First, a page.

It's the Min( a, b ) function. It returns the smallest of the two numerical arguments that you pass to it.

One of the arguments is the actual player distance to the ground directly below him, which is unknown and could be anything from 'zero' to 'infinity,' but always positive since the player is always above the ground even when touching it.

The other argument is the distance from the ground that I want the shadow to be completely faded. Anything less than this, the shadow will be partially visible to some degree.

With these arguments, the function will return something between 'zero' and 'max_player_distance,' which is mapped to the [0, 1] region by dividing it by the biggest of the known values, the maximum player distance. This yields 'result.'

Since the shadow should be more transparent the higher the player is, the ideal alpha value is the unit complement of 'result,' instead of 'result' itself ( alpha = 1.0 - result ).

The alpha value is '1.0' when the player is on the ground (fully visible), and 'zero' when he's at the maximum distance or greater (fully transparent).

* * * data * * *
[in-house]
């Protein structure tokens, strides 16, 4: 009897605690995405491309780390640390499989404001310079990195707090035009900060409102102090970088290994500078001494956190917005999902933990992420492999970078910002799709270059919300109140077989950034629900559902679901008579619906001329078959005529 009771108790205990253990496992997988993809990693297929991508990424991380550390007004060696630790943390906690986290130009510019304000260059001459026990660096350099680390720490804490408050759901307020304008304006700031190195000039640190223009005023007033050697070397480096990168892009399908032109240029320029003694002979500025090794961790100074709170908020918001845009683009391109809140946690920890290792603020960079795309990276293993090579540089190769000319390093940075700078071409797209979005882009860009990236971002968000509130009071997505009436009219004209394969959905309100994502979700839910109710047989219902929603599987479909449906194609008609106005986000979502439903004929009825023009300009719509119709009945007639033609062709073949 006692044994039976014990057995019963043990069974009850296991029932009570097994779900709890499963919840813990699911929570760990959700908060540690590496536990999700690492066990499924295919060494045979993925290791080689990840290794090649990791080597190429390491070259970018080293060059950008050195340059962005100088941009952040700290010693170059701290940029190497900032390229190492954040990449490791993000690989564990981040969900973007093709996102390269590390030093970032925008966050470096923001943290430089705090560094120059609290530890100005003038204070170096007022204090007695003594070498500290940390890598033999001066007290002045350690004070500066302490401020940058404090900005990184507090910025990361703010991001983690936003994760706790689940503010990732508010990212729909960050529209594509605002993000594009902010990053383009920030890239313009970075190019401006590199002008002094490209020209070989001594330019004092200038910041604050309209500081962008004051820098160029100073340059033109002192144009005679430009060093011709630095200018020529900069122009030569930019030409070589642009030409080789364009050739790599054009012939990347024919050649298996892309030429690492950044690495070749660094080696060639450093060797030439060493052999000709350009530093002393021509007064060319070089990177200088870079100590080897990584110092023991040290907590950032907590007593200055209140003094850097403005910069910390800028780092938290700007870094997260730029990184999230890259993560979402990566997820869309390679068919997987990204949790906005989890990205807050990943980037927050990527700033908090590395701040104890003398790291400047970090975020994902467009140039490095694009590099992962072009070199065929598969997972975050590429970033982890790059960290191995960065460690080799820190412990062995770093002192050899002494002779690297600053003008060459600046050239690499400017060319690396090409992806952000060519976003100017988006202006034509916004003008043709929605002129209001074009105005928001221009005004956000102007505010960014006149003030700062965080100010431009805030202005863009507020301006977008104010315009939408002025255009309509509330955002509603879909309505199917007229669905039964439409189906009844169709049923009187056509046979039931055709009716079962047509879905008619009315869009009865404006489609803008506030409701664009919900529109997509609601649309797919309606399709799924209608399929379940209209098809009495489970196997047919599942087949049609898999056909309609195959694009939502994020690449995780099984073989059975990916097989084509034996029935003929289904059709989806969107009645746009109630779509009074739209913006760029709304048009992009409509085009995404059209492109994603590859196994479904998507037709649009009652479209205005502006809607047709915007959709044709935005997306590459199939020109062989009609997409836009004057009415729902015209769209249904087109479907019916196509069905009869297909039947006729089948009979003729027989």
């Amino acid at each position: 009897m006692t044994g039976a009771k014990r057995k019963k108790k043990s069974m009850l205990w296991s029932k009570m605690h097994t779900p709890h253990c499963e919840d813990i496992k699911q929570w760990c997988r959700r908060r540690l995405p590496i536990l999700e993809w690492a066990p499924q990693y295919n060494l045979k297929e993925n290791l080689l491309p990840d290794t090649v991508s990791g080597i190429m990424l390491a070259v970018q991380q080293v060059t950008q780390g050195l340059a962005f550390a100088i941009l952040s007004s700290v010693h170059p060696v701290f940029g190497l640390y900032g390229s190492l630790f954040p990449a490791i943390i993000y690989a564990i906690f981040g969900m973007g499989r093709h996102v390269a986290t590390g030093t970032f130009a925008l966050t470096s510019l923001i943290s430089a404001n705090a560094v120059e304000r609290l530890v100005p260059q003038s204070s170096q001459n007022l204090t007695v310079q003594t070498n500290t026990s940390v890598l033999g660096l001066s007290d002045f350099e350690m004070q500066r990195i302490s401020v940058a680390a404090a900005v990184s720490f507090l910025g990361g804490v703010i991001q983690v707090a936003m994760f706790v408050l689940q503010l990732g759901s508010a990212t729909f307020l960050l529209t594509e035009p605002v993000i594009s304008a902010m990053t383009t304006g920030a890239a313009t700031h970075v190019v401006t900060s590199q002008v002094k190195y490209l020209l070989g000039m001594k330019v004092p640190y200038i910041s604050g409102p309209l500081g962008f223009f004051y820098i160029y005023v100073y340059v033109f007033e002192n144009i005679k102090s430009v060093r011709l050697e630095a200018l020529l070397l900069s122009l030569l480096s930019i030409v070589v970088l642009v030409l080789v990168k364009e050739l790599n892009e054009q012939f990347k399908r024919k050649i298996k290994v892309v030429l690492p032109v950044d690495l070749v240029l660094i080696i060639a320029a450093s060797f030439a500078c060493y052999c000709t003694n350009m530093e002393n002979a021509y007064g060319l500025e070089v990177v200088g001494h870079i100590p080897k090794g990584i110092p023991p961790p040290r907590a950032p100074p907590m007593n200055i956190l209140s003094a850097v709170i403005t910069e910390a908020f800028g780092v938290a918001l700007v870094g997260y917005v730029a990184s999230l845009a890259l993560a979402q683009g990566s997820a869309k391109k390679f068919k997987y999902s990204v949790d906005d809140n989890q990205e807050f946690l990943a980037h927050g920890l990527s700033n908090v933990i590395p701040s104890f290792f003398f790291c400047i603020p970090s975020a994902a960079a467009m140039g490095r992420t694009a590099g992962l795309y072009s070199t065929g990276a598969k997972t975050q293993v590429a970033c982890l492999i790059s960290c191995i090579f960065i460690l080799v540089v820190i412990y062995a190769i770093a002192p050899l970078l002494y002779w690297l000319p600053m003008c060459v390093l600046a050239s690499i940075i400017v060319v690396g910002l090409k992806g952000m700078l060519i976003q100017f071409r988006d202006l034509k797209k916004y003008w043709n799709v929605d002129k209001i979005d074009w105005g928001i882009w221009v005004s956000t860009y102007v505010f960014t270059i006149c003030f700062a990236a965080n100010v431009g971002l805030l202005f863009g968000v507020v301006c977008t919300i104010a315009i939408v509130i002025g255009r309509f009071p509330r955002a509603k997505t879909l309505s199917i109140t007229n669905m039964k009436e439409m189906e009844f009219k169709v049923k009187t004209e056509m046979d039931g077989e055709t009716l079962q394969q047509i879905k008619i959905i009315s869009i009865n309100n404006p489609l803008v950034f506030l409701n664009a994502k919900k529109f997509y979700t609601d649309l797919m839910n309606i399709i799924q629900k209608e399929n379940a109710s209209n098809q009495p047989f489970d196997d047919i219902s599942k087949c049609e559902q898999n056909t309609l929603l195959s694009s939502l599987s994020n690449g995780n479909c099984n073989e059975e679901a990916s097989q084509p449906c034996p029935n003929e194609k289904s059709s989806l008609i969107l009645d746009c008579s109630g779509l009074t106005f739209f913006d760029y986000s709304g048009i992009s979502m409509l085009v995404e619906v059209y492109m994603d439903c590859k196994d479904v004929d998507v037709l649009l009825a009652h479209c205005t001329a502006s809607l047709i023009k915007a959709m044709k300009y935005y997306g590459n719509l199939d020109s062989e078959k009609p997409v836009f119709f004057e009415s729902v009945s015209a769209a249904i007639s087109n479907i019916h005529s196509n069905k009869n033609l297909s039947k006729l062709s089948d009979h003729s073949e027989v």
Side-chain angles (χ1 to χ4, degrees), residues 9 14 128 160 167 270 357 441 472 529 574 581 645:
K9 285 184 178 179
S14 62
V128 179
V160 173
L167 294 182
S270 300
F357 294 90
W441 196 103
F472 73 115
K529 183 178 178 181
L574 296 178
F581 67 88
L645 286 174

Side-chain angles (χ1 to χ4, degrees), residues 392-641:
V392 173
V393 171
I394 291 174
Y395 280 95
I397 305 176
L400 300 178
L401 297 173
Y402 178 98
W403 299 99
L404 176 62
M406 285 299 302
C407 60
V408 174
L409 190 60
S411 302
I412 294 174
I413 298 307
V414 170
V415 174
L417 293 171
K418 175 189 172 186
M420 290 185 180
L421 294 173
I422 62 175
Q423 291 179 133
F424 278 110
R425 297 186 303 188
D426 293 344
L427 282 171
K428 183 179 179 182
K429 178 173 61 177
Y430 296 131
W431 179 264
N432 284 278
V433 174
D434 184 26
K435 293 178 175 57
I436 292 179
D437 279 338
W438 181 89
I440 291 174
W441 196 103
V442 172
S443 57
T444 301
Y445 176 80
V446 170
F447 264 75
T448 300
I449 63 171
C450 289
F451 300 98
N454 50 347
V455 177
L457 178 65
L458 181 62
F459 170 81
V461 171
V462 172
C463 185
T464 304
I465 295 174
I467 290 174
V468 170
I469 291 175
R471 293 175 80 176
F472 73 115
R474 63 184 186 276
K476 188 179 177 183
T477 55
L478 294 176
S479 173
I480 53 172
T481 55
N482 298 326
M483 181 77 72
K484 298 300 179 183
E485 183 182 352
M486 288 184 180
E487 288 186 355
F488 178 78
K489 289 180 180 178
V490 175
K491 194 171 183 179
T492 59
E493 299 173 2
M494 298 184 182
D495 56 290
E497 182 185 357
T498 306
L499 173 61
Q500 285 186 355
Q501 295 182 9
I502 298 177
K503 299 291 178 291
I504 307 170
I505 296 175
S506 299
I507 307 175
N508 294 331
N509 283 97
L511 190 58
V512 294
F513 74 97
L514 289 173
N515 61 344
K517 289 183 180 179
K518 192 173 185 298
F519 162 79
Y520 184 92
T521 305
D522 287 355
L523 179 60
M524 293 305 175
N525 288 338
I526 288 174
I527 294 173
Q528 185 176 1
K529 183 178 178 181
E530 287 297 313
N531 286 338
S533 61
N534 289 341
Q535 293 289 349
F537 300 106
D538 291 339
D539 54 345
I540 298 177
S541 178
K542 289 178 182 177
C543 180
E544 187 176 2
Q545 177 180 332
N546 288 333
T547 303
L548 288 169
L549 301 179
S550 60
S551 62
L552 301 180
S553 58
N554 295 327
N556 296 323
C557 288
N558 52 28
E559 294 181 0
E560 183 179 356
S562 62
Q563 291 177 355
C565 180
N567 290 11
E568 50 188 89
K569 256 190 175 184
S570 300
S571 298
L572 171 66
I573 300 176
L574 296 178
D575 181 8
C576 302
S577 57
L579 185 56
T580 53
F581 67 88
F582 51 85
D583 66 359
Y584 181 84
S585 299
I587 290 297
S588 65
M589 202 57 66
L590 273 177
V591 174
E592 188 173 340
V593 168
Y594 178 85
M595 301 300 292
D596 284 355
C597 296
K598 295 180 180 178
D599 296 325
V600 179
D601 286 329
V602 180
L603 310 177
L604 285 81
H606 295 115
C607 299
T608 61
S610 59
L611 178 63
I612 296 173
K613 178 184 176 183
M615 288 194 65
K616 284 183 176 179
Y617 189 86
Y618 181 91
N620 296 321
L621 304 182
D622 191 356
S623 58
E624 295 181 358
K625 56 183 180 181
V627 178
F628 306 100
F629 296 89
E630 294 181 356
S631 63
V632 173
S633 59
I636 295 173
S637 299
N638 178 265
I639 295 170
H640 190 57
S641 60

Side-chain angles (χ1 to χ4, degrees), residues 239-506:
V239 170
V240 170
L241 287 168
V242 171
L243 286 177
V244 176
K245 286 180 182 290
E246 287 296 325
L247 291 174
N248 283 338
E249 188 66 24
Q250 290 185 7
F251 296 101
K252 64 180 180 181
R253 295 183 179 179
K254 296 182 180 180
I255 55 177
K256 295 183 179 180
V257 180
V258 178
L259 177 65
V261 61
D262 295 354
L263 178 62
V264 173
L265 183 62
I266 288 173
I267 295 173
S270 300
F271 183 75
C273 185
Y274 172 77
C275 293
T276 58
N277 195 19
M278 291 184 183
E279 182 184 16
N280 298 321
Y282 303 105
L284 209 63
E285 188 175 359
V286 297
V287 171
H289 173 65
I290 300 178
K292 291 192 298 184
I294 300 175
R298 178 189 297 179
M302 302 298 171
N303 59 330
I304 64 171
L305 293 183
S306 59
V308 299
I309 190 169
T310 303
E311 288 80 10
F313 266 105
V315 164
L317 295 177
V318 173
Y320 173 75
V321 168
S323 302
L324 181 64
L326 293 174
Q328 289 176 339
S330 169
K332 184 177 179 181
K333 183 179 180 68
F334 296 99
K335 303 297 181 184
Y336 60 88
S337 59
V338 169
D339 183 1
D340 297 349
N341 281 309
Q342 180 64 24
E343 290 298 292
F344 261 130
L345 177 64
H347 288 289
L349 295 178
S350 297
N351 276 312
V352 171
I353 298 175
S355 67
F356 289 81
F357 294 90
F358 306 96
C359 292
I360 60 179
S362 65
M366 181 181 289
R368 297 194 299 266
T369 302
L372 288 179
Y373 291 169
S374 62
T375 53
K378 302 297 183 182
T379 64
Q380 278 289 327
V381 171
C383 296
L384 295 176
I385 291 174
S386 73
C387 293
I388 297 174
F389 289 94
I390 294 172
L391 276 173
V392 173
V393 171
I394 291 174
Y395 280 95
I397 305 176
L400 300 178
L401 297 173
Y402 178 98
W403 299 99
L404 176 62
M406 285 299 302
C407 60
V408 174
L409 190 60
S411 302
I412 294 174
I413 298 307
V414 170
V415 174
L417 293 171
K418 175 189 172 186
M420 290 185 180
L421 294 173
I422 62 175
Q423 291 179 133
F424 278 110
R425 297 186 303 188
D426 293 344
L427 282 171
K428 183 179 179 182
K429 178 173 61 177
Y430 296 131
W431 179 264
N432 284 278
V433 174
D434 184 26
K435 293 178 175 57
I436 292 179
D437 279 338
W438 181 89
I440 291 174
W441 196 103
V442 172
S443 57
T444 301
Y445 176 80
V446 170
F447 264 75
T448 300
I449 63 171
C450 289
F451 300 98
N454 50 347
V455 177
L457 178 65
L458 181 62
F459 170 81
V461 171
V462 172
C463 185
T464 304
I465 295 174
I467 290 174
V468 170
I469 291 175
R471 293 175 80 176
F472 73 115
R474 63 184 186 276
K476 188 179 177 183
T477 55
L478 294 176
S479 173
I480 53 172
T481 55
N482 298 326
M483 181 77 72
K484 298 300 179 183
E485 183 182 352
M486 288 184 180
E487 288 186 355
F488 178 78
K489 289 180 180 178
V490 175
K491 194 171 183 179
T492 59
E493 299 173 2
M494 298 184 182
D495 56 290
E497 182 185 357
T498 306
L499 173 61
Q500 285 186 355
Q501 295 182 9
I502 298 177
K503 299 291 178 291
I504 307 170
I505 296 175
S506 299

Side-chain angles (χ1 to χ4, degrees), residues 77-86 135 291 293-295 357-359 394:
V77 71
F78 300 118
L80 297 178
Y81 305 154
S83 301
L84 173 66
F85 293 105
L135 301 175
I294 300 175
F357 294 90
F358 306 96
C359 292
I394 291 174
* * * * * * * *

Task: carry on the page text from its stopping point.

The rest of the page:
- - - - -

Another way would be to replace the Min( a, b ) function with a Clamp( val, a, b ) function, which clamps 'val' between the 'a' and 'b' range: Clamp( playerDistance, 1, 80 )

These are common numerical functions that should come with whatever engine or library that you're using, but in any case this is their source:

Function Min:Float( a:float, b:float ) 'Or the ternary operation: (a < b) : a ? b'
If a < b Return a
Return b
End Function
Function Clamp:Float( val:float, a:float, b:float ) 'Range parameter "a" is assumed to be smaller than range parameter "b."'
If val <= a Return a
If val >= b Return b
Return val
End Function

**Edited by Kryzon, 01 March 2014 - 02:48 PM.**